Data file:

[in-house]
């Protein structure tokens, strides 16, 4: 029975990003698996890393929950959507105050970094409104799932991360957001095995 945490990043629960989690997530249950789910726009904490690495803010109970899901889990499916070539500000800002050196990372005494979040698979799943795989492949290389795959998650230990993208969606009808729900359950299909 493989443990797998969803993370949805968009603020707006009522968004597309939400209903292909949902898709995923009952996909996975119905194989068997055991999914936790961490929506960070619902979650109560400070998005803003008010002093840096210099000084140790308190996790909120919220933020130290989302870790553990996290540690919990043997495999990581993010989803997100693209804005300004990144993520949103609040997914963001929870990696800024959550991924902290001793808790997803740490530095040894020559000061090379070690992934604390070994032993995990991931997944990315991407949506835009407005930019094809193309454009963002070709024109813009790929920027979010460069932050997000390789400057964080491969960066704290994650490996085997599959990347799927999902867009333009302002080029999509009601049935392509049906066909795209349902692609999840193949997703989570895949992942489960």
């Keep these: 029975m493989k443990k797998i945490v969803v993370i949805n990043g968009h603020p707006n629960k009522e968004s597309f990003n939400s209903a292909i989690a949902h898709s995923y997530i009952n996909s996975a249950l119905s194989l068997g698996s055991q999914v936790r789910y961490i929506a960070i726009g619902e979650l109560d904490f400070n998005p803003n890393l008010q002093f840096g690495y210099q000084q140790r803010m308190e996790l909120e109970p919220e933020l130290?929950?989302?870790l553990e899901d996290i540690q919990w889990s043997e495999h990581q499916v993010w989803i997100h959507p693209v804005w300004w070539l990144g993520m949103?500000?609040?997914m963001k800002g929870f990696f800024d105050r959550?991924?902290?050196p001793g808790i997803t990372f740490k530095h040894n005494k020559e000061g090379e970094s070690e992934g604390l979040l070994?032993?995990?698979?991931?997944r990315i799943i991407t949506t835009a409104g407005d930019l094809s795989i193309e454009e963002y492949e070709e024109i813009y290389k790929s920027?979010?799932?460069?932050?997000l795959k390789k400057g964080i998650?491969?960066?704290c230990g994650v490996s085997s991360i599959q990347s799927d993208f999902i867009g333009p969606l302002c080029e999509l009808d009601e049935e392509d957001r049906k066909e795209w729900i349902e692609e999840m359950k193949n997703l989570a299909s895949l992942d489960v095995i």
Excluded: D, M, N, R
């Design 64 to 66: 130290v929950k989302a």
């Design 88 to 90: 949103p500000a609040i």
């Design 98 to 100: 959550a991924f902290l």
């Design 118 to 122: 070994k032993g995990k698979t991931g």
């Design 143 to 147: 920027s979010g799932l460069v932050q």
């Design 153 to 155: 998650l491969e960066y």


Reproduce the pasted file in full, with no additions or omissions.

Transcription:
[in-house]
């Protein structure tokens, strides 16, 4: 029975990003698996890393929950959507105050970094409104799932991360957001095995 945490990043629960989690997530249950789910726009904490690495803010109970899901889990499916070539500000800002050196990372005494979040698979799943795989492949290389795959998650230990993208969606009808729900359950299909 493989443990797998969803993370949805968009603020707006009522968004597309939400209903292909949902898709995923009952996909996975119905194989068997055991999914936790961490929506960070619902979650109560400070998005803003008010002093840096210099000084140790308190996790909120919220933020130290989302870790553990996290540690919990043997495999990581993010989803997100693209804005300004990144993520949103609040997914963001929870990696800024959550991924902290001793808790997803740490530095040894020559000061090379070690992934604390070994032993995990991931997944990315991407949506835009407005930019094809193309454009963002070709024109813009790929920027979010460069932050997000390789400057964080491969960066704290994650490996085997599959990347799927999902867009333009302002080029999509009601049935392509049906066909795209349902692609999840193949997703989570895949992942489960």
């Keep these: 029975m493989k443990k797998i945490v969803v993370i949805n990043g968009h603020p707006n629960k009522e968004s597309f990003n939400s209903a292909i989690a949902h898709s995923y997530i009952n996909s996975a249950l119905s194989l068997g698996s055991q999914v936790r789910y961490i929506a960070i726009g619902e979650l109560d904490f400070n998005p803003n890393l008010q002093f840096g690495y210099q000084q140790r803010m308190e996790l909120e109970p919220e933020l130290?929950?989302?870790l553990e899901d996290i540690q919990w889990s043997e495999h990581q499916v993010w989803i997100h959507p693209v804005w300004w070539l990144g993520m949103?500000?609040?997914m963001k800002g929870f990696f800024d105050r959550?991924?902290?050196p001793g808790i997803t990372f740490k530095h040894n005494k020559e000061g090379e970094s070690e992934g604390l979040l070994?032993?995990?698979?991931?997944r990315i799943i991407t949506t835009a409104g407005d930019l094809s795989i193309e454009e963002y492949e070709e024109i813009y290389k790929s920027?979010?799932?460069?932050?997000l795959k390789k400057g964080i998650?491969?960066?704290c230990g994650v490996s085997s991360i599959q990347s799927d993208f999902i867009g333009p969606l302002c080029e999509l009808d009601e049935e392509d957001r049906k066909e795209w729900i349902e692609e999840m359950k193949n997703l989570a299909s895949l992942d489960v095995i």
Excluded: D, M, N, R
């Design 64 to 66: 130290v929950k989302a």
């Design 88 to 90: 949103p500000a609040i």
């Design 98 to 100: 959550a991924f902290l």
């Design 118 to 122: 070994k032993g995990k698979t991931g």
């Design 143 to 147: 920027s979010g799932l460069v932050q």
């Design 153 to 155: 998650l491969e960066y």